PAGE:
Vitamin D levels can be compared across studies and countries

Thursday 05 Nov 15


Rikke Andersen
Senior Researcher
National Food Institute
+45 40 21 53 77

Knowledge about the vitamin D level of a population is important in order to assess the proportion that is vitamin D deficient or is at risk of becoming deficient, and to develop food strategies that will ensure optimal vitamin D intake. By using a standardizing method it is possible to compare existing vitamin D measurements across studies and countries. This is the finding of a Nordic project initiated by researchers from the National Food Institute, Technical University of Denmark.

Knowledge about the vitamin D status of a population is important in order to assess the proportion of that particular population which is vitamin D deficient or is at risk of becoming deficient.

Vitamin D status is measured as the vitamin D concentration in the blood, and there are several analytical methods to determine the vitamin D concentration. The quality of the analytical methods may vary and even though knowledge is available on the accuracy and precision of the individual methods, it is difficult to compare results across analytical methods and thus also across studies.Standardized Nordic data 

Researchers from the National Food Institute have initiated a unique Nordic project with partners from Denmark, Norway and Finland in order to test a method that can standardize existing vitamin D measurements from previous studies in which different analytical methods have been used.

The project shows that it is possible to compare existing vitamin D measurements across studies and countries by using such a standardizing method.

Being able to compare the prevalence of vitamin D deficiency is essential to develop effective food strategies aimed at reducing the prevalence of vitamin D deficiency in the Nordic population. At the same time more comparable data are needed in order to get a better knowledge base about people’s vitamin D status.

Analytical method

In the project a selection of the original blood samples from three national health surveys from Denmark, Finland and Norway and from a Danish intervention trial was standardized using an international vitamin D standardization program, VDSP.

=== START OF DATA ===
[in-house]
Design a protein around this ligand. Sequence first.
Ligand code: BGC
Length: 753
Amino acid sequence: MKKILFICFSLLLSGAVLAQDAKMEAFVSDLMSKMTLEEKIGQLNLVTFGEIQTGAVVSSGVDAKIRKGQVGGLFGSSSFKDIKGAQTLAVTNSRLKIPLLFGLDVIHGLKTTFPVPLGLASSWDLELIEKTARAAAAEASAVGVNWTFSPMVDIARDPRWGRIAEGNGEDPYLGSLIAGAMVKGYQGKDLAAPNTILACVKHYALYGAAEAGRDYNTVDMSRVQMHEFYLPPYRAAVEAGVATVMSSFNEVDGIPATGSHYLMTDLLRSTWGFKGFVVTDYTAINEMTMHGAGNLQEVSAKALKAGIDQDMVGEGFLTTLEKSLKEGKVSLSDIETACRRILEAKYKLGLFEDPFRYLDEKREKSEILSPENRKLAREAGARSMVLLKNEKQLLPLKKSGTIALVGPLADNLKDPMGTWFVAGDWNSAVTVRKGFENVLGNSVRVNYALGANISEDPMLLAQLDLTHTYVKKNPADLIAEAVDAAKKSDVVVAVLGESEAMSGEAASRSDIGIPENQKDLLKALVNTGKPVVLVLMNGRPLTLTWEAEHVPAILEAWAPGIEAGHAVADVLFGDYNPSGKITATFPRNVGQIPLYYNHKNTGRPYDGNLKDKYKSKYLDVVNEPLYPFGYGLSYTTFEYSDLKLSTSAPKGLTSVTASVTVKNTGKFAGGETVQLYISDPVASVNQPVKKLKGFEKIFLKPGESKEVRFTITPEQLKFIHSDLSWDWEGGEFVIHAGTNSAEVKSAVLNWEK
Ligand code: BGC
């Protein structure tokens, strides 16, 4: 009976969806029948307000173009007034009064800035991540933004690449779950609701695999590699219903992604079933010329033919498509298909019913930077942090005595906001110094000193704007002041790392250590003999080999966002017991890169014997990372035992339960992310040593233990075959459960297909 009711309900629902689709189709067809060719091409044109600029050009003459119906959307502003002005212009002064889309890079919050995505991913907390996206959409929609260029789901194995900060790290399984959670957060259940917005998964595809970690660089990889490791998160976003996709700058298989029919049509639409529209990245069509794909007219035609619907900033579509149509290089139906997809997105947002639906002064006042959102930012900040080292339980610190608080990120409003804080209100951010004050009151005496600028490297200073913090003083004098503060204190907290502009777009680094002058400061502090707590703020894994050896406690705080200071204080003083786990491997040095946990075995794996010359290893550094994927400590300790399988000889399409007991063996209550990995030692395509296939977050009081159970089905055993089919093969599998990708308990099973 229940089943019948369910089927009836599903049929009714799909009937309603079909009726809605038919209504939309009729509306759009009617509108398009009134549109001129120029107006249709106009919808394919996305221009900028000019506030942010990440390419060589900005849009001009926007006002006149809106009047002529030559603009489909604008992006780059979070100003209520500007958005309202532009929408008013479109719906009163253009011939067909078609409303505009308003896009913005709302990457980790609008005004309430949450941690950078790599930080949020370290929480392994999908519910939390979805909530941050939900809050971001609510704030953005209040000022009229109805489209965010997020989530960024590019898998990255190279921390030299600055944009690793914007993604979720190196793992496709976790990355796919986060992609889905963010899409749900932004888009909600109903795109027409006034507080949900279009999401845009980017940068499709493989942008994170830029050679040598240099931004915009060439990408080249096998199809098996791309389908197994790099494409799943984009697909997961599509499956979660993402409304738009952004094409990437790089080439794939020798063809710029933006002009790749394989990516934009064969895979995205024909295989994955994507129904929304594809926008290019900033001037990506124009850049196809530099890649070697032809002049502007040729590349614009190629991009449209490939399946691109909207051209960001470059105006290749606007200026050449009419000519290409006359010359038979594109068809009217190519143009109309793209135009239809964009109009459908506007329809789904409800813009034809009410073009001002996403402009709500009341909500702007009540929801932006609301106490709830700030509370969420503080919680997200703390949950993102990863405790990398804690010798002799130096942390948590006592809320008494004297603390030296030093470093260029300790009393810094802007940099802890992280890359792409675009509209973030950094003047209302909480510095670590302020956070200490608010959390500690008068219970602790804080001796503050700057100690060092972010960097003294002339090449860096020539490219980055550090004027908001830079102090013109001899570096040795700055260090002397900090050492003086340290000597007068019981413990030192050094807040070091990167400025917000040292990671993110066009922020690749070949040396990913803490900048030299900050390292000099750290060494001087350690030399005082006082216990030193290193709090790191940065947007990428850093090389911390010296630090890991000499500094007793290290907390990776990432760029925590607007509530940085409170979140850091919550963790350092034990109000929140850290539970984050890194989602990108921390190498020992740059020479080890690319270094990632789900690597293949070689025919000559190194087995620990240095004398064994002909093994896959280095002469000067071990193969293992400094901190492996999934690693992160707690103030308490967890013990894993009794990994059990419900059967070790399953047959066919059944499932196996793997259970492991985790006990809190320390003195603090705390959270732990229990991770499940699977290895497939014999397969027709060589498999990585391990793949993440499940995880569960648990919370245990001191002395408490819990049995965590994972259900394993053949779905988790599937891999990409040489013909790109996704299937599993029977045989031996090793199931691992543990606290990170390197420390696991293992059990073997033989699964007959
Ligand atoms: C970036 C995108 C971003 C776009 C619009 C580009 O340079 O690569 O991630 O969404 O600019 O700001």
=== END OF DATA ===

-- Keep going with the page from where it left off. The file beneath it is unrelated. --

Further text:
The vitamin D concentration of the selected blood samples was reanalyzed according to the VDSP protocol. A standardization equation was prepared for each study based on the results of the reanalysis of the selected blood samples. The equation was then applied to the rest of the dataset for each study. Subsequently it was possible to compare results across individual studies. 

The researchers found that there is a better correlation between vitamin D levels in the three Nordic countries after they were standardized compared with before the standardization of the individual studies.

This work shows the need to interpret the results of measurements of vitamin D levels with caution - especially when you want to compare results from studies that have used different methods of analysis. Comparison of vitamin D status across studies and countries requires a standardized methodology.

Read more 

The project has been described in further detail in a scientific article published in the Scandinavian Journal of Clinical and Laboratory Investigation: Standardizing serum 25-hydroxyvitamin D data from four Nordic population samples using the Vitamin D Standardization Program protocols: Shedding new light on vitamin D status in Nordic individuals (pdf).

The project is funded by the Nordic Working Group for Diet, Food & Toxicology (NKMT), Nordic Council of Ministers, University College Cork in Ireland, the Research Centre for Prevention and Health at Glostrup University Hospital in Denmark, University of Oslo in Norway, and the University of Helsinki in Finland.

Read more about how vitamin D deficiency during the winter months can almost be avoided by drinking milk and eating bread that is fortified with vitamin D in the National Food Institute’s news story from 8 May 2014: Vitamin D fortification of milk and bread works.